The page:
November 4, 1998 6:05 PM PST
Digicash files Chapter 11
The company, which has been running off a bridge loan from its venture capital investors since June, is seeking new investors from established financial institutions or a buyer for its software technology. The company's operations in the Netherlands, where it was founded, were liquidated in September.
"To really launch and brand something like this in the Internet space is likely to take a fair amount more capital," said Scott Loftesness, DigiCash's interim CEO since August. "It's more appropriate for strategic investors, corporate players or banks themselves as a consortium model."
Electronic-cash schemes have found difficult sledding recently. First Virtual Holdings, which had a form of e-cash, exited the business in July. CyberCash's CyberCoin offering hasn't really caught on. Digital Equipment, now part of Compaq Computer is testing its Millicent electronic cash, and IBM is in early trials for a product called Minipay.
Under bankruptcy laws, DigiCash's Chapter 11 filing allows the company to continue operations, while keeping its creditors at bay as the company reorganizes. Most of DigiCash's $4 million in debt is owed to its initial venture capital financiers who extended the bridge loan, August Capital, Applied Technology, and Dutch investment firm Gilde Investment.
DigiCash's eCash allows consumers to make anonymous payments of any amount--and anonymity differentiates eCash against other e-cash schemes. DigiCash's intellectual property assets include patents, protocols, and software systems that also could be used for applications, like online electronic voting or private scrip issued by a particular retailer.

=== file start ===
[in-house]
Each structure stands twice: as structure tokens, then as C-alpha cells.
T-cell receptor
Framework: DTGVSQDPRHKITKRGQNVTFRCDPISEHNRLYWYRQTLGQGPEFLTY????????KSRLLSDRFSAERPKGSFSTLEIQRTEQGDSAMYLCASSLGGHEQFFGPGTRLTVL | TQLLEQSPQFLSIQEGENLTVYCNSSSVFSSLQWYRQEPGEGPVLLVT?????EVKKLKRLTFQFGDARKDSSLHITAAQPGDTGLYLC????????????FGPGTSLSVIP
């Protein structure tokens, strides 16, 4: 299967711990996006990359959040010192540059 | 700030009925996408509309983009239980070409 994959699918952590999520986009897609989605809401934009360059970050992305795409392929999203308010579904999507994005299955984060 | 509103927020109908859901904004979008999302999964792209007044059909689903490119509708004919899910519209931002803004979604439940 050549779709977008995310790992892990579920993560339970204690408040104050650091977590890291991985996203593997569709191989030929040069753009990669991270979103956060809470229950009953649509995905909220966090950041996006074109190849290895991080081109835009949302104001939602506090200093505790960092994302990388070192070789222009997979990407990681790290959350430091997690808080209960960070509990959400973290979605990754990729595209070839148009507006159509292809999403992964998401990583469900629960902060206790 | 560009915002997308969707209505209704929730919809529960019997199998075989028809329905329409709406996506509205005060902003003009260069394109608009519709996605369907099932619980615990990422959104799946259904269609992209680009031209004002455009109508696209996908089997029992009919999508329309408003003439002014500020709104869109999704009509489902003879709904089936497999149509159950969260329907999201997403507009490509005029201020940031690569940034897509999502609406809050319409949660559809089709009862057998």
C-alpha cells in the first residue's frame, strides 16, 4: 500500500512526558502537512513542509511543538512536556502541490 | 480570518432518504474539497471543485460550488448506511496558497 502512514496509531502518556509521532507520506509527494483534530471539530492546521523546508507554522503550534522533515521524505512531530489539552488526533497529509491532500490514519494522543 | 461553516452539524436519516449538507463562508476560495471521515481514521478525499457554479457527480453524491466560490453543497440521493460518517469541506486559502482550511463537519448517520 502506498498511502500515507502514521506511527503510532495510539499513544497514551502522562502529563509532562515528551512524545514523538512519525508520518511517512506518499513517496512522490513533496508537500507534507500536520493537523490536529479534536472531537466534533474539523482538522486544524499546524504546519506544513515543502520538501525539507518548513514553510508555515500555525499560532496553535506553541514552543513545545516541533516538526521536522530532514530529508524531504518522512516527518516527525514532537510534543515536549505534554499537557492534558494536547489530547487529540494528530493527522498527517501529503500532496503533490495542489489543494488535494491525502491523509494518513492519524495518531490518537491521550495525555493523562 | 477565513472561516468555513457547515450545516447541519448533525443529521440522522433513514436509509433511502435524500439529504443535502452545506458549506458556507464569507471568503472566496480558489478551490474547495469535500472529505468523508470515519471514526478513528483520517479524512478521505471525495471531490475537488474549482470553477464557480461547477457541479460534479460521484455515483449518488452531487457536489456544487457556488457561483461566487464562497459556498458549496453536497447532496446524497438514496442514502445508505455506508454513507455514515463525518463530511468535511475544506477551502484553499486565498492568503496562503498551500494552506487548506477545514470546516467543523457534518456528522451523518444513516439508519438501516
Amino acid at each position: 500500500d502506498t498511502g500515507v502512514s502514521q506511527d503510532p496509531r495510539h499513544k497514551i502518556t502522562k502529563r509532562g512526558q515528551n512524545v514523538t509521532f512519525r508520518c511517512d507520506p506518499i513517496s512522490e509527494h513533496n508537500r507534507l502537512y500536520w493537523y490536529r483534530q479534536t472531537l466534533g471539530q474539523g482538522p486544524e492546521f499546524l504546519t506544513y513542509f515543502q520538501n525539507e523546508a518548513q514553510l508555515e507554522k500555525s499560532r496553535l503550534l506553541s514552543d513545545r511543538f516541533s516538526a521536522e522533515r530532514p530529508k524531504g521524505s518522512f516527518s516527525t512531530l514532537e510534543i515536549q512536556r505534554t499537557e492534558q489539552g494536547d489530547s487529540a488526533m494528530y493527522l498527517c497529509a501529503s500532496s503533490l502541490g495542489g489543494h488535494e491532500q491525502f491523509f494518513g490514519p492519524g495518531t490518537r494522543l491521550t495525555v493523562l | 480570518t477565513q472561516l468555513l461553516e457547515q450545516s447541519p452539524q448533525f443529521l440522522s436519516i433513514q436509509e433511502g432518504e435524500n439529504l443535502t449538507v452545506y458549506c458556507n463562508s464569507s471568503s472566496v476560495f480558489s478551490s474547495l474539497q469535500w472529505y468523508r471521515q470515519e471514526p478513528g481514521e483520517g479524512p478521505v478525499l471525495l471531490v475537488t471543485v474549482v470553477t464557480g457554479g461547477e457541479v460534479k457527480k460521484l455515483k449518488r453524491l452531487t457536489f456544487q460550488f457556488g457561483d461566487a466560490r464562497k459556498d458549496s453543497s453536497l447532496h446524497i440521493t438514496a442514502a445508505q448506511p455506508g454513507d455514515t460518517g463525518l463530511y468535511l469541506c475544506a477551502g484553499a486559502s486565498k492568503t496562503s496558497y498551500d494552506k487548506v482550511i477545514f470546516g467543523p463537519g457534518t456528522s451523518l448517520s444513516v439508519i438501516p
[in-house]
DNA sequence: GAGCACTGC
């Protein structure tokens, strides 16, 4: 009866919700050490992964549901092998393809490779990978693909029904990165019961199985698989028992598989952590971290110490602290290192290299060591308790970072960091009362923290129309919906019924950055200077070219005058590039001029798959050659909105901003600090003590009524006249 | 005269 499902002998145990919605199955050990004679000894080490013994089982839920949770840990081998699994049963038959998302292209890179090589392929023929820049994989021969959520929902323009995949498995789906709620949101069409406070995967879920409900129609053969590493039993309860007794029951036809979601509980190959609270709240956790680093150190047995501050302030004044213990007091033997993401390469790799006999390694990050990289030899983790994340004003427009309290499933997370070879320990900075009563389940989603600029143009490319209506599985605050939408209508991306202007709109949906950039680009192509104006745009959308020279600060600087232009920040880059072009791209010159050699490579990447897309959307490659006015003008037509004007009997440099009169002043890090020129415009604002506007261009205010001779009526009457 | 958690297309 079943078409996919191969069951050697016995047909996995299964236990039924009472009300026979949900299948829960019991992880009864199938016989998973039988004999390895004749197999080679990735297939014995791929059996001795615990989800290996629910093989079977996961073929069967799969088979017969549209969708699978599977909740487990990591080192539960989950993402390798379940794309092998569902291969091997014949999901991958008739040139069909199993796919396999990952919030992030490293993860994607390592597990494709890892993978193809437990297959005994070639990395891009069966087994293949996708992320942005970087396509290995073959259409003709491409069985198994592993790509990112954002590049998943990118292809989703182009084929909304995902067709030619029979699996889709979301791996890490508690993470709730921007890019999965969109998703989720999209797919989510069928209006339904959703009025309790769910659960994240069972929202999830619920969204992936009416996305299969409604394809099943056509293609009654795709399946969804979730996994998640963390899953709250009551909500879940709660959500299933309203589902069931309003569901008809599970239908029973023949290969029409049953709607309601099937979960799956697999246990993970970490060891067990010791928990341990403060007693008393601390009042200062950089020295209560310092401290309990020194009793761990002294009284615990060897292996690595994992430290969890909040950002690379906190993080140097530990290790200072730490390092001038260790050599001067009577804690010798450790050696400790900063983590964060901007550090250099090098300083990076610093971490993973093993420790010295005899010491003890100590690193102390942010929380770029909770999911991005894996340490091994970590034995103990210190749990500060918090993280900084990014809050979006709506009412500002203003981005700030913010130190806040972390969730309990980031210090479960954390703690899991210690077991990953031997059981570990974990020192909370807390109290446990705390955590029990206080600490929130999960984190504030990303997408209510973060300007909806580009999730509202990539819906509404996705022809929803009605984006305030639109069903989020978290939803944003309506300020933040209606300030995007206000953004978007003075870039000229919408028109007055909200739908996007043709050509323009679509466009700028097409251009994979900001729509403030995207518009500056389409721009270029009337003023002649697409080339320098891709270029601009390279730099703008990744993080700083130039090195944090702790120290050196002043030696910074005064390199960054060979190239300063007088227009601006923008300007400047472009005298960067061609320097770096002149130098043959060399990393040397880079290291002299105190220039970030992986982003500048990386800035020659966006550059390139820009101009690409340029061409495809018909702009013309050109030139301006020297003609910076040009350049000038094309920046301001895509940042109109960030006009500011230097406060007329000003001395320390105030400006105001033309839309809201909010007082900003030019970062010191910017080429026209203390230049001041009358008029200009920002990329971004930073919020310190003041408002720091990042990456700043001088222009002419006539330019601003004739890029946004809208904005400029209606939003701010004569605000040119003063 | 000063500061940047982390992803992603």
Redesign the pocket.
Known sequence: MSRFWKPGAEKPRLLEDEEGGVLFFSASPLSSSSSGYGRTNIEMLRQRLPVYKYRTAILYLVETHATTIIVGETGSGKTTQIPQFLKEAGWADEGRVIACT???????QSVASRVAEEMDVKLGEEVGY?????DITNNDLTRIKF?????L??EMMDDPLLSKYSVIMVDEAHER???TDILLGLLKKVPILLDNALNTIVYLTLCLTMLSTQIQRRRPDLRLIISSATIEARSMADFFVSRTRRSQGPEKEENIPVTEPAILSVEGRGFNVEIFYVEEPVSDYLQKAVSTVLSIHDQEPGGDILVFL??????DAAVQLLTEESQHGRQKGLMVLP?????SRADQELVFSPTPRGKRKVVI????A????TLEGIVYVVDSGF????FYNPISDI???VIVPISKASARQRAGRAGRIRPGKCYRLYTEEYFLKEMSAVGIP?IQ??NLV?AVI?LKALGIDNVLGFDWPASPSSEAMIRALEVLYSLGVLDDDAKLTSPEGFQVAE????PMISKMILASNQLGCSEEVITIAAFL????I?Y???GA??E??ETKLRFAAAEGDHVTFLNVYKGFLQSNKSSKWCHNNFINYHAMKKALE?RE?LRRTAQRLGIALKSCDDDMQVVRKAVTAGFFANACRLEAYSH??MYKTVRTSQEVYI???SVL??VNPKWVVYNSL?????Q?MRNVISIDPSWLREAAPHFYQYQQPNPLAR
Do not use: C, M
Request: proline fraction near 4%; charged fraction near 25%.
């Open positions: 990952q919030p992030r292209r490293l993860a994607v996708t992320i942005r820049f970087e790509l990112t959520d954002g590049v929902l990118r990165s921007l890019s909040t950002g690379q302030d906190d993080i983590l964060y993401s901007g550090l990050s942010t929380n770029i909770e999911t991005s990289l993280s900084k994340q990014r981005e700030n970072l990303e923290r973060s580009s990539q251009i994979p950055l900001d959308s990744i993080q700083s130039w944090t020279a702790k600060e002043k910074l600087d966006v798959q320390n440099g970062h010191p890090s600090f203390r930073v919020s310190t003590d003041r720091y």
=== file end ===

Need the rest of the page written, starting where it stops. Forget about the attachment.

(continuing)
DigiCash suffered a setback in September when the only U.S. bank offering its scheme, Mark Twain Bank, dropped the offering. But a number of major banks in Europe and Australia offer or are testing DigiCash's electronic cash.
Also in September, DigiCash closed its Dutch operations and liquidated its assets there.
Loftesness said DigiCash has a list of 35-40 potential partners, and he has been talking to players like IBM for months. He expects to resolve DigiCash's status in the next five months.
"Everybody feels anonymous e-cash is inevitable, but the existing situation was not going to get there from here," said Loftesness, who is frustrated by potential partners telling him, "This is absolutely strategic, but unfortunately it's not urgent."
The company was founded by David Chaum and was well-known in the Internet's earliest days. MIT Media Labs' Nicholas Negroponte is a director of DigiCash.